What drew you to the Japanese culture?

In learning basic Japanese and French, I discovered that Japanese people were quick to complement me, whereas French speakers would often snicker and tell me to speak English.  So I guess the praise and the humility of the Japanese culture I found very appealing. I didn’t feel awkward about making mistakes. But I was also frustrated that I didn’t get corrections. I was attracted to the lack of sarcasm, which I found extremely refreshing, although after some years in Japan I learned about alternate ways to be insincere.

I also found a lot of ingenuity among technical folks, and I was attracted to the amount of detail Japanese engineers used in figuring things out. I really enjoyed working with the technical people.

Nik and cherry blossoms in 1994

In Gifu and Nagoya I felt extremely welcome, connected both with the foreign community and with my Japanese friends. This part of Japan was extremely warm and welcoming. My wife is from Fukuoka, and I enjoyed my visits there as well. In Tokyo I found that, because of the large number of foreigners, there was a wall between Japanese and foreigners and that the Japanese would push me over to the other side of it,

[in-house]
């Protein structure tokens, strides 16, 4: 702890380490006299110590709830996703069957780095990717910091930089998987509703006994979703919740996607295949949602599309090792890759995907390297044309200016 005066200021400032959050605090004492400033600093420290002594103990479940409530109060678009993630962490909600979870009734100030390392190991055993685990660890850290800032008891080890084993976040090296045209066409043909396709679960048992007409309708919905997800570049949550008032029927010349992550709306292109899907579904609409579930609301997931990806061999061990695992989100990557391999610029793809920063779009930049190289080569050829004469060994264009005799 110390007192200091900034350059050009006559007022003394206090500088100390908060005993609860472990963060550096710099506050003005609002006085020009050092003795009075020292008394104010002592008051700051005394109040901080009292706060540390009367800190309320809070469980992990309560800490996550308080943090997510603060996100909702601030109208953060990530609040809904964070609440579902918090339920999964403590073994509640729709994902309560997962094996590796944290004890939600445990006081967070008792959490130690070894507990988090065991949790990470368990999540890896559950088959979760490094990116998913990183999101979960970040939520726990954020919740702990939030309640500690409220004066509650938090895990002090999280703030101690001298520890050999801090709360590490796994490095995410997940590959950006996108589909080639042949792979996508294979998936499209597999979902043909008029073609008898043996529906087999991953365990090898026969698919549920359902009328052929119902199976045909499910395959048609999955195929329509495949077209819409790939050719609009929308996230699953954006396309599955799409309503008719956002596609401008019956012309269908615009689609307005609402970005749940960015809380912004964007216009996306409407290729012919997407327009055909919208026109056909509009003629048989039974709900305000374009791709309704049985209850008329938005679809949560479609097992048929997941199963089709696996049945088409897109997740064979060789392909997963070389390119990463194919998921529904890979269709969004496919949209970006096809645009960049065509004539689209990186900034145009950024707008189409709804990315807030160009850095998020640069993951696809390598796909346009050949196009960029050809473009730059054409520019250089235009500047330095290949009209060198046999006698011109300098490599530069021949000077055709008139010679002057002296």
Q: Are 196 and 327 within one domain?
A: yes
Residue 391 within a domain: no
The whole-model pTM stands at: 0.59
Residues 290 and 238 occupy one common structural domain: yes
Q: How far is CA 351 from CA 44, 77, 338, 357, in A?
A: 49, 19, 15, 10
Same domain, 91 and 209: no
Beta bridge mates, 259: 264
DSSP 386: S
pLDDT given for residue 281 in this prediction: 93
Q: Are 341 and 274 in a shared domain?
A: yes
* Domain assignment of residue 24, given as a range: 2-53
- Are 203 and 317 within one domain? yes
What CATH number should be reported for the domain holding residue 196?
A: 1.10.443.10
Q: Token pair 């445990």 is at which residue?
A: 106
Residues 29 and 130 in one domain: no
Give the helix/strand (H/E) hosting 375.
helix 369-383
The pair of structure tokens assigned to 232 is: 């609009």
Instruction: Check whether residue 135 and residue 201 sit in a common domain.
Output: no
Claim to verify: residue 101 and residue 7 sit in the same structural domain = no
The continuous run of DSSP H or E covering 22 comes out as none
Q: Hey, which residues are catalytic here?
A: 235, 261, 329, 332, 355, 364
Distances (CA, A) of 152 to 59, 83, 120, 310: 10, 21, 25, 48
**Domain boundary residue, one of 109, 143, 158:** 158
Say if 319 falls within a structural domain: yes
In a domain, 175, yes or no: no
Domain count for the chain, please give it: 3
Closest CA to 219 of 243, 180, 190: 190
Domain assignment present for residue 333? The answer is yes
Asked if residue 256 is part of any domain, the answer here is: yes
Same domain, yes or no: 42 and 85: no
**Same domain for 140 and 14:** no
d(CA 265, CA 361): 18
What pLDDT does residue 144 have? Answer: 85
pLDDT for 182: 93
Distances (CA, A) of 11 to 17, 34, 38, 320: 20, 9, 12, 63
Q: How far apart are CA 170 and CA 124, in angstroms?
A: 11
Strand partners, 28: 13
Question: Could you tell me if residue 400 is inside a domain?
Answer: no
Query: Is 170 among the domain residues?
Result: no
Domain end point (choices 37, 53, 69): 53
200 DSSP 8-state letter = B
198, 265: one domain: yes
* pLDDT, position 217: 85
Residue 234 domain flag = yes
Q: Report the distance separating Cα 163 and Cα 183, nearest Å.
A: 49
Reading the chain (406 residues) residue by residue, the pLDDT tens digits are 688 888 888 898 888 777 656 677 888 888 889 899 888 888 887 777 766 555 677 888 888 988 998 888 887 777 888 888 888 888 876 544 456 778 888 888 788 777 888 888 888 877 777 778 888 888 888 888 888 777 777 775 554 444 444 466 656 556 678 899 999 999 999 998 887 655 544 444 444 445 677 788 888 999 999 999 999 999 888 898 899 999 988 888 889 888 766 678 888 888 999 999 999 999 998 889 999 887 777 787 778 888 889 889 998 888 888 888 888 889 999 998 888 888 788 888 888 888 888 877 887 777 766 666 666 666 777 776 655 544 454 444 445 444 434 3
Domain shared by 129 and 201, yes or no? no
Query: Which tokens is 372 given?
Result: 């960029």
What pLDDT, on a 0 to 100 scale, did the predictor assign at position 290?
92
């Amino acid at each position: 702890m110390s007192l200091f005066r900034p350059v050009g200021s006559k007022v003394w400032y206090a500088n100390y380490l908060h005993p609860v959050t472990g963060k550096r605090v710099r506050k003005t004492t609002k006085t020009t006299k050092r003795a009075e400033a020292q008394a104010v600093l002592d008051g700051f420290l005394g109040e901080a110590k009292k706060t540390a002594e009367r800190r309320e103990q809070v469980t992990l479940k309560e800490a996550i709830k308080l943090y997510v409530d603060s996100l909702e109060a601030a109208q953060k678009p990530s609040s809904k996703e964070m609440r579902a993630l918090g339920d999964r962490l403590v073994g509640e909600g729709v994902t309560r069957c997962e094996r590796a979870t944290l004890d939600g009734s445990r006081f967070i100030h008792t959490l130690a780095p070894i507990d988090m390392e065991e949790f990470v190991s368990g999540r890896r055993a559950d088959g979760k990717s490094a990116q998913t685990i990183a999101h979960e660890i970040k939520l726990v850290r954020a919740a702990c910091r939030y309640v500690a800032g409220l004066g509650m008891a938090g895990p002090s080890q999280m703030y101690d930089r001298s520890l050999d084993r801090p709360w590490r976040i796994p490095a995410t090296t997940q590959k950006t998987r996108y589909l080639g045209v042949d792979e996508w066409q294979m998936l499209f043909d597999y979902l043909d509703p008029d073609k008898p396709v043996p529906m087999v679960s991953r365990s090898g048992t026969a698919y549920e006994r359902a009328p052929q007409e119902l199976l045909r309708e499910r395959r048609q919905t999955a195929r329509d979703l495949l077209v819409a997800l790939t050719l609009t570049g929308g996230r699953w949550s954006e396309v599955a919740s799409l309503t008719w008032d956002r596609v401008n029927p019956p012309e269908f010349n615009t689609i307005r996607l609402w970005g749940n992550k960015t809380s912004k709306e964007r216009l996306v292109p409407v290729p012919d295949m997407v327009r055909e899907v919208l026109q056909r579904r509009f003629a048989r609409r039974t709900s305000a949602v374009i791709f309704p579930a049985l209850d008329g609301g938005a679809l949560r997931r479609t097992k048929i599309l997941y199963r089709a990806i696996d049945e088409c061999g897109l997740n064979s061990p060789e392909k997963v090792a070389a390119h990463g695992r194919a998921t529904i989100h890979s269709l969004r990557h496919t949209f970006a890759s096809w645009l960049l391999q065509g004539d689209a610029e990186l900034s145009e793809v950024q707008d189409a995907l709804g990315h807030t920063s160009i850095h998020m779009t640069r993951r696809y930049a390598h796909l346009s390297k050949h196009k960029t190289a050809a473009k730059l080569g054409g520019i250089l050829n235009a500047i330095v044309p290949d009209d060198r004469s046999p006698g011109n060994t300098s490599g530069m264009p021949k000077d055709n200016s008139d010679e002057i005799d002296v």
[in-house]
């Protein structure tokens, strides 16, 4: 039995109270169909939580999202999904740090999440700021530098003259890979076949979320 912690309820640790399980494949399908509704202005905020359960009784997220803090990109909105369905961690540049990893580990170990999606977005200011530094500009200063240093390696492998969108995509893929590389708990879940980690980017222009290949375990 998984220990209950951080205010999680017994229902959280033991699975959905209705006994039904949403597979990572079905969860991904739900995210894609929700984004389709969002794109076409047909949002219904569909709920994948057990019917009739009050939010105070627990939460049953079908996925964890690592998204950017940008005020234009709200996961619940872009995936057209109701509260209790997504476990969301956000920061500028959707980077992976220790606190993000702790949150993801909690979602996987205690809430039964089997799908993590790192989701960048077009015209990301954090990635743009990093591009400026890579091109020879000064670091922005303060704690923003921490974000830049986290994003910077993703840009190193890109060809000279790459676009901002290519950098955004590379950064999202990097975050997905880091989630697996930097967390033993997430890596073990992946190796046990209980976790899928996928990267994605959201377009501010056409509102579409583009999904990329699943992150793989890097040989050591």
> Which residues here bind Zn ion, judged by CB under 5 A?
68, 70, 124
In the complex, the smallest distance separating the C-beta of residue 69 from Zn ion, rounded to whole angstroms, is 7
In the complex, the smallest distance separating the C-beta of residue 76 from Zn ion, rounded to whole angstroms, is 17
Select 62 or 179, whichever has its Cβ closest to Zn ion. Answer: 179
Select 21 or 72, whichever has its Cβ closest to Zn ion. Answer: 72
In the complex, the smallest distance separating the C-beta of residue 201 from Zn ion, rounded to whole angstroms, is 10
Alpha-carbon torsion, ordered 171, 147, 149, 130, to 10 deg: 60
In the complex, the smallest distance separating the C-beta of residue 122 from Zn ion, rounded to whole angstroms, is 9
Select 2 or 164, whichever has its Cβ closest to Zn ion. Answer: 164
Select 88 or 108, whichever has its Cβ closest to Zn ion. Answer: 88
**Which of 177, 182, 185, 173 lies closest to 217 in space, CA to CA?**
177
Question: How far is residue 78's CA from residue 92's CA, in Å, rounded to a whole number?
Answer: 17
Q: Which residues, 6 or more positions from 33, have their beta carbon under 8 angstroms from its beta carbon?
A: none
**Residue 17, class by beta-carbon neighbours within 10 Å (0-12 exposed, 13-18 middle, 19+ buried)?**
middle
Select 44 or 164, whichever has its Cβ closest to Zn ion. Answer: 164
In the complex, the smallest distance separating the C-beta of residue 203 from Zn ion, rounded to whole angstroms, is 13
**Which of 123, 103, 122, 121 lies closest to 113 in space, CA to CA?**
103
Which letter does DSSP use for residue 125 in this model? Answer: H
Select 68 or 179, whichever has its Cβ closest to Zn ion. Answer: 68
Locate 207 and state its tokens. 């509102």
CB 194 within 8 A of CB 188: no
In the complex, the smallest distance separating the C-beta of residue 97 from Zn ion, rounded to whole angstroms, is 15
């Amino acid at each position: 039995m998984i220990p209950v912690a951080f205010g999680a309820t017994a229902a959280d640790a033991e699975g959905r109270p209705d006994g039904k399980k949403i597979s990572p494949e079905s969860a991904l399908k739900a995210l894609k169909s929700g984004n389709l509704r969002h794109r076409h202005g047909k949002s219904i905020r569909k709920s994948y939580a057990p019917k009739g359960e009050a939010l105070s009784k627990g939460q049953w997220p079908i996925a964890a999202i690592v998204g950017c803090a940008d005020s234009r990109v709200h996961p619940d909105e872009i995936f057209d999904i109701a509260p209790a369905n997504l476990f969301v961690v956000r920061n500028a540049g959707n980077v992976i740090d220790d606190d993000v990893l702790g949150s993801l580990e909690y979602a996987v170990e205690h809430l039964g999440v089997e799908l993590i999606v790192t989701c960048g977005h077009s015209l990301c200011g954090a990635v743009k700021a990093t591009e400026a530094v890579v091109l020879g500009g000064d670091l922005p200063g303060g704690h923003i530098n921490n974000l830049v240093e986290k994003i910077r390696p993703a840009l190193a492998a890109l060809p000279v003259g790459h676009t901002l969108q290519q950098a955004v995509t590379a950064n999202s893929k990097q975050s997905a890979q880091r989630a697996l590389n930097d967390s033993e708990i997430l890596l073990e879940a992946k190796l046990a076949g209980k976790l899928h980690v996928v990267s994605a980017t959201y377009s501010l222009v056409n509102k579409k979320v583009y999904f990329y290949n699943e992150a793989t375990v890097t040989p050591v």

The only time I felt truly connected with Tokyoites was during the 2009 World Baseball Classic. I was watching one of the final games outside an electronics shop which had a huge television screen in the window. Quite a large crowd had gathered. Korea’s star pitcher had already dispensed with several Japanese batters. He was at the top of his game, and most betting people probably thought Korea was going to win. But then Suzuki Ichiro was up, and he hit the ball to allow Japan to win the championship. Everyone was overjoyed. Strangers were talking to each other and to me. It was a wonderful experience. Overall, if I were to live in Japan I’d choose western Japan, not Tokyo.

What about reverse culture shock?

I experienced reverse culture shock three times. When I returned in 1995 I felt extremely disconnected with my own culture and the people around me. I’m not a generally a talkative person, but in Japan I never felt socially awkward. There was always a basis for starting a conversation: how long have you been in Japan? what do you do? Among foreigners there was a camaraderie which I missed back home. I’d meet people who’d lived in another foreign country, and I could identify a bit, but there was never the same level of connection I had with my foreigner friends in Nagoya.